It seems that, for all our talk of freedom, curbing it still seems to be the way to go. The RSS has planned a mass conversion of 1000 Muslim and 4000 Christian families into Hinduism. Ironically, the 'Ghar Wapsi' (returning home) programme is scheduled to take place on Christmas this year. Organizers claim that this event, to be held in Aligarh, will be one of the biggest conversion programmes, ever.
Interestingly, there has been a call to ban conversions in Parliament. "Let there be anti-conversion laws in all the states and at the Centre also," Parliamentary affairs minister M. Venkaiah Naidu said at the end of a three- hour discussion in the Lok Sabha on "conversion by inducement", as reported by The Hindu .
Let this sink in for a minute.
The right wing outfit will, in essence, pay families huge sums of money (anywhere between Rs 2 - 5 lakhs) to convert to Hinduism. After December 25, these families hailing from Aligarh, Bulandshahr and Hathras will be Hindus.
Are we secular, no more?
So, how were these families chosen?
Supposedly, the Christian families belong to the Valmiki Samaj, the 'feet' of the Hindu society, while the Muslim families are descendants of Thakurs and Brahmins who only had to be convinced of their 'lost pride'.
What is the significance of the time and place?
"Aligarh was chosen because it's time we wrest the Hindu city from Muslims. It is a city of brave Rajputs and their temples on whose remains Muslim institutions have been established," RSS regional pracharak Rajeshwar Singh told Economic Times .
"If they come to us on Christmas, it is the biggest rejection of their faith."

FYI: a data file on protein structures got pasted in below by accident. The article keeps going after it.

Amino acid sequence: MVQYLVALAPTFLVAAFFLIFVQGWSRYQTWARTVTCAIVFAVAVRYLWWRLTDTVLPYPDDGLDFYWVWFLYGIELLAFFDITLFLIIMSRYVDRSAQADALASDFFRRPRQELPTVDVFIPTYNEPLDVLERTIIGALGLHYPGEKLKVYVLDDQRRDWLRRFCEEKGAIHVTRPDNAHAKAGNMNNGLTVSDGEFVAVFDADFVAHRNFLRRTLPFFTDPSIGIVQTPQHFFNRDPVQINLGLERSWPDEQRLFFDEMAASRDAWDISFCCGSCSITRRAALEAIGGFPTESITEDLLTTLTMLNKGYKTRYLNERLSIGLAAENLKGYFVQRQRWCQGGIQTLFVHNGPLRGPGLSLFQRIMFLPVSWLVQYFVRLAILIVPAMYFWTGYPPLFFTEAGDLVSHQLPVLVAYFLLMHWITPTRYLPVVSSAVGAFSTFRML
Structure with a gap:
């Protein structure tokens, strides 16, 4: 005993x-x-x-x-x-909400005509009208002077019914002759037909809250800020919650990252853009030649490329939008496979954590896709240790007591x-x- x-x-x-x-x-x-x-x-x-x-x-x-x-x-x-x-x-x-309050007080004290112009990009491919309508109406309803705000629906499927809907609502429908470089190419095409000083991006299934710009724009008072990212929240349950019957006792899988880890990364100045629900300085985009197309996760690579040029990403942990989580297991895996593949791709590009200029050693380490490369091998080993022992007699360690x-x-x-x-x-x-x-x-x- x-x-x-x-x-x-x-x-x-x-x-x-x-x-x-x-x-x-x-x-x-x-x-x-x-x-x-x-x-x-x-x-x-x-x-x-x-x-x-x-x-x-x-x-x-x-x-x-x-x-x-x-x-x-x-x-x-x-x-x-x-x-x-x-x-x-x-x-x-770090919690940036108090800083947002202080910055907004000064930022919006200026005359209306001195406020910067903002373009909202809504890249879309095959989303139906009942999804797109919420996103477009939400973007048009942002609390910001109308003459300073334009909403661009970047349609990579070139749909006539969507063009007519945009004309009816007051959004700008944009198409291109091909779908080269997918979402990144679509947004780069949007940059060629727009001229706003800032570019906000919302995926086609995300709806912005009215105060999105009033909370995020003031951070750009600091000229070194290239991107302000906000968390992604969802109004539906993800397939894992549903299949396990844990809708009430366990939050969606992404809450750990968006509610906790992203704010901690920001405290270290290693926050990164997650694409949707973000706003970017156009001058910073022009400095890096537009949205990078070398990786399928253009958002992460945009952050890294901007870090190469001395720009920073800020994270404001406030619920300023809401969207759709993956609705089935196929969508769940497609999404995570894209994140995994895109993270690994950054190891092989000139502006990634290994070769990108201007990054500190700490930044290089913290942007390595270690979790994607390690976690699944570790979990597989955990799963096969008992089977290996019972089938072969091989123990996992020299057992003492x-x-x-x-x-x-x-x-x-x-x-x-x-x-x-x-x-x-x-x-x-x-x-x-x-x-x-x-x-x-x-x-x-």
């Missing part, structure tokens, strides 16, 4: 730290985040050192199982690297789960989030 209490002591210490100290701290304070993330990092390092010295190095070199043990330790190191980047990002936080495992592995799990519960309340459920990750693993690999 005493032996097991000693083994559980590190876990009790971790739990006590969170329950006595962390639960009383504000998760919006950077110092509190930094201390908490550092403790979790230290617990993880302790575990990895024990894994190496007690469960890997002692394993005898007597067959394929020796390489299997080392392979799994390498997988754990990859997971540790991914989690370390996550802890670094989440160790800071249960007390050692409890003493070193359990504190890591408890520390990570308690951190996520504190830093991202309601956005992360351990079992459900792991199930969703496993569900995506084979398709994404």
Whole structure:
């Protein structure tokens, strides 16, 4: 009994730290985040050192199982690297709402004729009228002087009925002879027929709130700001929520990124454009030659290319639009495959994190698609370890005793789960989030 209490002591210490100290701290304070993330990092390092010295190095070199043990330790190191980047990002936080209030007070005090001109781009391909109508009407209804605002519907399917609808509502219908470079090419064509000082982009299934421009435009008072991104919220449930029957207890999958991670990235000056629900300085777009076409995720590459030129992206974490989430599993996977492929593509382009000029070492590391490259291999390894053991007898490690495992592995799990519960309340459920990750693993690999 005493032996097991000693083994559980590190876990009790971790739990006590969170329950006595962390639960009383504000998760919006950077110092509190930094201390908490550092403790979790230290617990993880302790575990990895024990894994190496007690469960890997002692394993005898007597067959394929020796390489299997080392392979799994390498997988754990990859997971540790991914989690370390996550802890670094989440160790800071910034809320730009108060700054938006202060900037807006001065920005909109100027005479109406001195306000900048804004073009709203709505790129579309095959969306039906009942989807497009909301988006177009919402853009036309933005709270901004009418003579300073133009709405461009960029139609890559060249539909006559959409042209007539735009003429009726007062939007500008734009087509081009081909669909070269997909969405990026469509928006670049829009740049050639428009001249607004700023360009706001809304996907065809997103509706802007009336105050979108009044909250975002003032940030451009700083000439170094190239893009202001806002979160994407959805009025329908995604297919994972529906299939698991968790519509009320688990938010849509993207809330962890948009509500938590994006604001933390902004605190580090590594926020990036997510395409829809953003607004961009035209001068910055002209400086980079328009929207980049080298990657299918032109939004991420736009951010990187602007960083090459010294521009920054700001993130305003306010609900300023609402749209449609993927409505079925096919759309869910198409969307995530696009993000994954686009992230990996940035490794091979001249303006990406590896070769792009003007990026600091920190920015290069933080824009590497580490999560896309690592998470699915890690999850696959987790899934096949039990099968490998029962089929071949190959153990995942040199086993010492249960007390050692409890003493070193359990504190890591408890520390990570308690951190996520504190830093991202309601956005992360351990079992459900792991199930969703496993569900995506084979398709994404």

What can one expect at the 'Ghar Wapsi' programme?
These families will be educated about the Hindu ways of worship. They will be distributed pictures of Hindu deities. To ensure purity, a havan anushtaan will be organised and the ceremony will be marked with the customary use of Ganga jal .
How far has this web of conversion spread?
After the controversial comment made by UP's urban development and minority affairs minister Azam Khan regarding ownership of the Taj Mahal, Agra continues to be a hub of communal differences.
Recently, more than 50 Muslim families living in a slum in Agra attended a simple conversion ceremony where they sat for the ritual of shuddhi before a 'holy fire'.
Many uncomfortable questions come to mind.
Is secularism only a pretense? What, if we may ask, is the need for these events at all?
Doesn't this speak of blatant intolerance towards minority communities in India? Live, but not let live?
In a related incident in Muzaffarnagar, a Bengali Muslim woman converted to Hinduism, so that she could marry for love. After which, outrage and communal tension broke out in the western UP town, once again.